CCAC Science Policy Dialogue - Black Carbon


The CCAC's Scientific Advisory Panel will host its second day of its second Science Policy Dialogue on Tuesday, 29 September 2020, under the theme "Catalyzing 2030 Mitigation Ambition – Black Carbon."

This event will bring together scientists, policymakers, practitioners, and regulators to review black carbon emissions reduction potentials and the ways black carbon mitigation can be leveraged to drive ambitious action this decade.

Discussions will focus on the opportunities and barriers for mitigating global emissions of black carbon consistent with a 1.5C pathway by 2030.

This is the second dialogue organized by the CCAC's Scientific Advisory Panel in 2020. The first dialogue, on 22 June, focused on mitigation opportunities for methane. 

Registration using the link below to participate in the question and answer sessions. If you do not plan to participate, you can watch a live stream of the event on YouTube. More details about the event will be added to this page soon.


14:30 | Welcome and Instructions

  • Helena Molin Valdes, Head of CCAC Secretariat

14: 35 | The latest science on black carbon. What have we learned since 2012 and where are we going?

  • Drew Shindell, Duke University

14:50 | Session 1 – Black Carbon-Rich Sources: Opportunities and Challenges

This session will focus on black carbon rich sources and measures where we have a high-degree of confidence they will deliver near-term climate and air quality benefits (e.g. diesel engines).

  • Markus Amann, International Institute for Applied Systems Analysis (IIASA) (TBC)

  • ·Graciela Binimelis de Raga, Professor, Universidad Nacional Autonoma de Mexico

  • Mr. Ai Yi, Beijing Municipal Ecology and Environment Bureau (pre-recorded video)

  • Mauricio Gaitán, Coordinator of the Urban Environmental Management Group, Ministry of Environment and Sustainable Development, Colombia

  • Francisco Posada, Senior Researcher, International Council on Clean Transportation (ICCT)

  • Yewande Awe, Sr. Environmental Engineer, World Bank

  • Benjamin A. Brida, National SLCPs and CCAC related activities Coordinator, Ministry of Environment and Sustainable Development, Côte d'Ivoire (TBC)

15:40 | Session 2 – Other BC Sources: Opportunities and Challenges

This session will address sources of black carbon which 1) have a high organic carbon/black carbon ratio and less clear near-term global climate benefits, and 2) sources of CO2 and PM2.5 but little black carbon.

  • Johan Kuylenstierna, Research Leader, Stockholm Environment Institute (moderator)
  • Drew Shindell, Professor, Duke University
  • Thailand (TBC)
  • Abraham Ortínez, Centro de Ciencias de la Atmósfera, Universidad Nacional Autónoma de México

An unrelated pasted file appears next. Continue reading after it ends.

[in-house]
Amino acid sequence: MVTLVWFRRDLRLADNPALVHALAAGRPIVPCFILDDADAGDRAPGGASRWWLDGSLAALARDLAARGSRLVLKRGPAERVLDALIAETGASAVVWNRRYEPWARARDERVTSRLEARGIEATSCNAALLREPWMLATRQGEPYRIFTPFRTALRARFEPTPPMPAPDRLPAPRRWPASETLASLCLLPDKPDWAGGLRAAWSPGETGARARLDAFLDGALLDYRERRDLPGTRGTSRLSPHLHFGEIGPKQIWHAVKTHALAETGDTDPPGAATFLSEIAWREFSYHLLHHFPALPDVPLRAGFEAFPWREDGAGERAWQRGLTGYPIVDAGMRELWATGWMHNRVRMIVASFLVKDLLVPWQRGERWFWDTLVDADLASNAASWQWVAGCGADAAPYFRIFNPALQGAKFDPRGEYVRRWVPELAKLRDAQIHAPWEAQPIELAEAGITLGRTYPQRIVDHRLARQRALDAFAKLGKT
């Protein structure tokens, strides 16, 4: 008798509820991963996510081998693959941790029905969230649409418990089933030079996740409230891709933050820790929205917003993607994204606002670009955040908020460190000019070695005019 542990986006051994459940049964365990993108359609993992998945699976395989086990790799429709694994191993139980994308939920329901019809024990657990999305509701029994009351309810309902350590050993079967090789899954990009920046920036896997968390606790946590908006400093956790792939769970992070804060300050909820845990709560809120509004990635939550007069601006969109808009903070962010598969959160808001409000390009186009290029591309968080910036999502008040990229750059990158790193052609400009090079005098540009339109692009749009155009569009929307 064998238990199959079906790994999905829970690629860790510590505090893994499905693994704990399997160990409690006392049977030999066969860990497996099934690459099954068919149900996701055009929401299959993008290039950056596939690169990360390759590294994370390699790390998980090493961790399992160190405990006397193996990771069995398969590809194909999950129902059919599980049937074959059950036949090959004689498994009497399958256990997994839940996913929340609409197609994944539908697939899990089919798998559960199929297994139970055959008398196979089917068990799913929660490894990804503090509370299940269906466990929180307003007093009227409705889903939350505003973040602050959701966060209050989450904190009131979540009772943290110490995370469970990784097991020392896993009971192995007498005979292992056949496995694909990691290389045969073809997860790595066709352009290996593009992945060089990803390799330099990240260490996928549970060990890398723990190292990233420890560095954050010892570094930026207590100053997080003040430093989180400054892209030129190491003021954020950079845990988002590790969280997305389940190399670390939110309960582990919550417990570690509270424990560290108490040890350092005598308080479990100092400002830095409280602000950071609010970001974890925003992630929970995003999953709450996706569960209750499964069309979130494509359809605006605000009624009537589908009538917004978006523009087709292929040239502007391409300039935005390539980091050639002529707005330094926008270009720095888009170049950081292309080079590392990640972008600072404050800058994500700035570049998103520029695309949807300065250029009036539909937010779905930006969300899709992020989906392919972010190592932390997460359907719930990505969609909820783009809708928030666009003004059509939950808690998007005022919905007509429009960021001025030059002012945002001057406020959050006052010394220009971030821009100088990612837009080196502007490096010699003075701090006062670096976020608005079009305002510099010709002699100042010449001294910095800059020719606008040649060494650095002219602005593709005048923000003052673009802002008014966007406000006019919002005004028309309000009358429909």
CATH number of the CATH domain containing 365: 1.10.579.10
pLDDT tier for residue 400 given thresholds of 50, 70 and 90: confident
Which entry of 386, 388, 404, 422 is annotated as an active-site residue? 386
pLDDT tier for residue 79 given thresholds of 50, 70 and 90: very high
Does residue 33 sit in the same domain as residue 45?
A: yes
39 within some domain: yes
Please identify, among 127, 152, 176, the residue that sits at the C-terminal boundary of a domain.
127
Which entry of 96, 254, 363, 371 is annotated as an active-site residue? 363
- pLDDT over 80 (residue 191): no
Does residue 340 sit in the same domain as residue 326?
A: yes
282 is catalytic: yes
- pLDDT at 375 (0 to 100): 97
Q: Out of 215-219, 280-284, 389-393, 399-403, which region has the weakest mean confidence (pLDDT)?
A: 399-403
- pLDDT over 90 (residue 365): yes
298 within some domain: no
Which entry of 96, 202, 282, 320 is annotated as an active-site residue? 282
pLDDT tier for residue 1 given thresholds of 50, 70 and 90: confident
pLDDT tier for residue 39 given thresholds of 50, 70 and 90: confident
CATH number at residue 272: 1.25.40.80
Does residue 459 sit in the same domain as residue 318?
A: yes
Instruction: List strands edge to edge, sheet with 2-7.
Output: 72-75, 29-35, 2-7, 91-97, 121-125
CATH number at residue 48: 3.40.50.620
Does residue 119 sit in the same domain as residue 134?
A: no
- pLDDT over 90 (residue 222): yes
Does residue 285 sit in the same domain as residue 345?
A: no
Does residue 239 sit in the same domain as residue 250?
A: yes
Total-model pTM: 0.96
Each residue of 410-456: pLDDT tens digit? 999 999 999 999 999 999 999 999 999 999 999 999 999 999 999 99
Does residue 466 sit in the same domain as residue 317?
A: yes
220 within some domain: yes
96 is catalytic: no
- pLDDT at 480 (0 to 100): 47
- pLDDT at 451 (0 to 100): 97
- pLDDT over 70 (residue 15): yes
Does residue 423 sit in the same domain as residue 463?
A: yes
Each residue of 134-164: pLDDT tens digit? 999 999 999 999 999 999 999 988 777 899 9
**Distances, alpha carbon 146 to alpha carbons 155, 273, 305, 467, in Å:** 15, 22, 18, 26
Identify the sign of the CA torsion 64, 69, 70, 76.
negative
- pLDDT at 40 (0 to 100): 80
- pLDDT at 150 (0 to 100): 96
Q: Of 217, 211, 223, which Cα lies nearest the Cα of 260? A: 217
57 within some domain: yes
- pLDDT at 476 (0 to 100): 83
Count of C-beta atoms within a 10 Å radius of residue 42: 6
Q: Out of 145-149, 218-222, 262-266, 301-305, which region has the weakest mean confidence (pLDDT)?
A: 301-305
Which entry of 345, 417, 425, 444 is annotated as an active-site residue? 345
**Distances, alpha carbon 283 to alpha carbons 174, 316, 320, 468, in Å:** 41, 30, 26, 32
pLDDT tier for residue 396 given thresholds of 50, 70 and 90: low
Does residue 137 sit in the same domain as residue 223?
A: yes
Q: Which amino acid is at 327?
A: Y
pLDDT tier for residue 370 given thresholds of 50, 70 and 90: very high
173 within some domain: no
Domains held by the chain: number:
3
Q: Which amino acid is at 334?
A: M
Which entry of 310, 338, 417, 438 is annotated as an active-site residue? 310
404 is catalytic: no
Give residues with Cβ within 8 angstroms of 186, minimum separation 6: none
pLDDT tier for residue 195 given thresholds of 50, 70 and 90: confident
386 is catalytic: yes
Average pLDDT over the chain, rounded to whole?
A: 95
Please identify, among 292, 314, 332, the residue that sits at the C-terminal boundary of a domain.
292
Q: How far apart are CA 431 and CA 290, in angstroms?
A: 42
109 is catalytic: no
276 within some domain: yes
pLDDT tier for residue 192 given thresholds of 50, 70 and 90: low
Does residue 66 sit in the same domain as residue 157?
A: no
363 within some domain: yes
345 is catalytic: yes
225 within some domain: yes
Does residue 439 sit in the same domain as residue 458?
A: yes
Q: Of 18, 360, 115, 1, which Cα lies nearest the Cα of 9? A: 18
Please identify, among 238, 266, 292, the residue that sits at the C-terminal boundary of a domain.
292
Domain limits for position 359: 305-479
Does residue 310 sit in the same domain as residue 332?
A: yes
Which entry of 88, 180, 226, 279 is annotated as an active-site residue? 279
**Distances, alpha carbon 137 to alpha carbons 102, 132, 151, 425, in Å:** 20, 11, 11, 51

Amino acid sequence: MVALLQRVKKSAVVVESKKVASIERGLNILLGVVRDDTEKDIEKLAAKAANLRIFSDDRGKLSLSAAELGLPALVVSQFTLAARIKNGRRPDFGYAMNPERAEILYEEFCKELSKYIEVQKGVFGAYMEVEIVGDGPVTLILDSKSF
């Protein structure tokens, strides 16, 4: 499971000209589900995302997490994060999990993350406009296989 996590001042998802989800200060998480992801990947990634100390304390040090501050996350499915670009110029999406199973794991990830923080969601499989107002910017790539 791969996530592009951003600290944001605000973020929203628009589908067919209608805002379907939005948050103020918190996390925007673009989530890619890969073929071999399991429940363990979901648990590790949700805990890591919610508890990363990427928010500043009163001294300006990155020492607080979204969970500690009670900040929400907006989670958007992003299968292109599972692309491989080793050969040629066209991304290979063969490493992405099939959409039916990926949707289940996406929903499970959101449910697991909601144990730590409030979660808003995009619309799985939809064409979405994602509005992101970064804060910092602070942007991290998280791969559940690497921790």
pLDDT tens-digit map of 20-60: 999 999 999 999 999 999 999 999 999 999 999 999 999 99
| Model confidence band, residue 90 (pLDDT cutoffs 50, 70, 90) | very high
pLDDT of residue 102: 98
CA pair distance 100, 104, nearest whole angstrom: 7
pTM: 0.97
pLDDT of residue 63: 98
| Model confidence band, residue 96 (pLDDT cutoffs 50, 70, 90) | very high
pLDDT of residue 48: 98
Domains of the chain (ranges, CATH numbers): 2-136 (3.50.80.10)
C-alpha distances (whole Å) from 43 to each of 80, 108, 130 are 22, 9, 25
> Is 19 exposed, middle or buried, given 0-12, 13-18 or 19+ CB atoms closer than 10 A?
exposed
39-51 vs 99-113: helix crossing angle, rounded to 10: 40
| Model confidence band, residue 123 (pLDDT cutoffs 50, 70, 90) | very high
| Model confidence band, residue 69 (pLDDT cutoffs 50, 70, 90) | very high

• Pam Pearson, International Cryosphere Climate Initiative
  • International Centre for Integrated Mountain Development (ICIMOD) (TBC)
  • Thomas Damassa, Senior Manager, Climate Change and Energy, Oxfam

16:35 | Session 3 – Public Health and Clean Air Commitments: Opportunities and Challenges

This session will focus on national, regional, and global efforts to address air pollution as a development and public health imperative. What is the CCAC’s role in supporting these efforts in a way that is consistent with near-term climate objectives?

  • Joseph Alcamo, Professor, University of Sussex and former UNEP Chief Scientist (TBC)
  • Michael Brauer, Professor, University of British Colombia
  • Daniel Benefor, Senior Programme Officer, Environmental Protection Agency, Ghana
  • Republic of Korea (TBC)
  • Patrick Bueker, Air Pollution Advisor, Deutsche Gesellschaft für Internationale Zusammenarbeit (GIZ) GmbH
  • Nathalie Roebbel, World Health Organization
  • Anna Engleryd, Swedish Environmental Protection Agency
  • Andreas Ahrens, Head of Climate, IKEA


A Q&A with CCAC Scientists, Graciela Binimelis de Raga, Drew Shindell, and Johan Kuylenstierna, as they answer questions about the latest black carbon science, impacts and opportunities to mitigate emissions and help put the world on a safe pathway to 1.5°C. Questions:

  1. What are the major global sources of black carbon and are there any important regional differences among these major sources?
  2. How have global black carbon emissions changed since 2011 and how are they expect to change into the future?
  3. How has our scientific understanding of black carbon’s impact on the climate, changed since 2011 and what are the implications for the CCAC?
  4. What are black carbon’s main co-emitted pollutants and how do they impact air quality and climate change?
  5. How does technically achievable black carbon mitigation relate to decarbonization efforts consistent with 1.5°C levels of mitigation ambition?
  6. Are there any links between air quality and climate policies that can drive increased ambition towards 2030?
  7. Based on your experience in the SNAP Initiative can you explain how and why countries are incorporating black carbon strategies into their decision-making processes?

Background video on wildfires and black carbon


Event resources